Another way is to kill grass using clear plastic. However, contrary to what you think, you do not use black plastic. Instead, you use clear plastic in order to solarize the grass (essentially, that means burn it up). The plastic also needs to be somewhat thick – perhaps 6mm. The other key to solarizing the area is that you should do this in the summer when the sun is hottest and most direct. In addition, you need to keep the grass area slightly moist under the plastic. So, occasionally you need to spray some water under there. I know that you are surprised because I was surprised when one of the presenters in my training told us that clear plastic was the appropriate method. You should find a way to keep all the edges of your plastic down (logs, rocks etc.) in order to not let “cool” air within it. The experts say this approach is best, and that clear plastic + moistness creates more heat deeper into the soil under the plastic. Of course, you can use black plastic, but it will not work as quickly as the clear plastic.

The third way, which is more backbreaking, is to just cut out your sod. You could use a flat shovel and cut out your sod (if you keep enough soil on the bottom, you could use your sod in another location on your property). You could also rent a sod-cutter and use the machine to cut the sod out. I have never used these machines, but I’ve seen them used on gardening shows on TV! Neither of these approaches are easy on the back / body. If you cut your sod, you might want to use a pitchfork or twirlyfork to mix up your soil afterwards. It is always good to throw in some compost to prep your beds. Remember – always call before your dig!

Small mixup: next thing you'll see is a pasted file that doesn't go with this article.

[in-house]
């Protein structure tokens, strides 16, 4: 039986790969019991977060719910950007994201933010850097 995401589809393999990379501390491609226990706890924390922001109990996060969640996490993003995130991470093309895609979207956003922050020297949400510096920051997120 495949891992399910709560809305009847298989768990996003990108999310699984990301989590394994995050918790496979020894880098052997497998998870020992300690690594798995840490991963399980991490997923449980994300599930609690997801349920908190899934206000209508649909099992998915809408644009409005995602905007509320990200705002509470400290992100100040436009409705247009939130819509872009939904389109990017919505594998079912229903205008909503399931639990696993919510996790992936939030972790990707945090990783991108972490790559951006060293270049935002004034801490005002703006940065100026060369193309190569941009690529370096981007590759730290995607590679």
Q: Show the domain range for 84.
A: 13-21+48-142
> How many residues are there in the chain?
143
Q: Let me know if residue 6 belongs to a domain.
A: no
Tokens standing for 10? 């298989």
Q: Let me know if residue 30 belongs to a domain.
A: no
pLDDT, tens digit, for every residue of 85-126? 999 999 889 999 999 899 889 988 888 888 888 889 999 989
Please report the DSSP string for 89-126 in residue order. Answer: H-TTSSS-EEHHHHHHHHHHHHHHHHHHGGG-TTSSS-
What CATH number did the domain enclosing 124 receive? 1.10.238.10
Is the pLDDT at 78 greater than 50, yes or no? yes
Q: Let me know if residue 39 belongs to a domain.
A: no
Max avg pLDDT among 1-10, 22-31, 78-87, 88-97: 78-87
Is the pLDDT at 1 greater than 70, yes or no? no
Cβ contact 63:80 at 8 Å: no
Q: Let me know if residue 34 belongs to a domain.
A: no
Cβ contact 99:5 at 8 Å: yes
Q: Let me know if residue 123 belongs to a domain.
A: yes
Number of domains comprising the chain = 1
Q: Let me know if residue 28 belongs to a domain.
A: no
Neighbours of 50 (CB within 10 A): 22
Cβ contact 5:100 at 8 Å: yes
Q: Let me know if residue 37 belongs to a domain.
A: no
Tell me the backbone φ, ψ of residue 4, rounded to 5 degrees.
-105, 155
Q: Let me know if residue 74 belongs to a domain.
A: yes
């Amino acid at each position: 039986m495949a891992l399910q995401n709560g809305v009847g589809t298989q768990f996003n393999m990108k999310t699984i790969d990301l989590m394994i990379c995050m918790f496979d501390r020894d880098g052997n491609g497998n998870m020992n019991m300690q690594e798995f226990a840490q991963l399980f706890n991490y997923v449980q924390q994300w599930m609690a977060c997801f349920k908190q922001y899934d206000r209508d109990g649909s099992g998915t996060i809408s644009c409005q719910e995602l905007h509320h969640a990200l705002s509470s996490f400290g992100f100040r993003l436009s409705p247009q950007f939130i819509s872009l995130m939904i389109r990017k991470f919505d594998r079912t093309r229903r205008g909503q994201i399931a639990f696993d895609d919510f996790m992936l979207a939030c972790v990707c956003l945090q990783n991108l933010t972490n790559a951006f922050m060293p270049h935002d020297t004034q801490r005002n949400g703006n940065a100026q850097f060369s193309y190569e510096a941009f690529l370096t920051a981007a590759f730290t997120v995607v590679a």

Call Before You Dig is a free service that locates your underground utilities. Use this service any time you plan to excavate at your home or business. Call toll-free (800) DIG-TESS (344-8377).

The utilities will mark any underground cables/lines so you can be careful round those areas. It is also helpful to know where your sprinkler lines are, if you have irrigation, so you don’t poke your pipes and cause a leak.

The last way is to use bad, bad chemicals. I am not a fan of this, so I won’t mention it. But think: if you are intending to build a beautiful garden of wonderful natives, do you really want to put them in the ground where you just sprayed chemicals? It’s not a very “green” choice, and the NWF Habitat Stewardship aims to promote greener ways for gardening.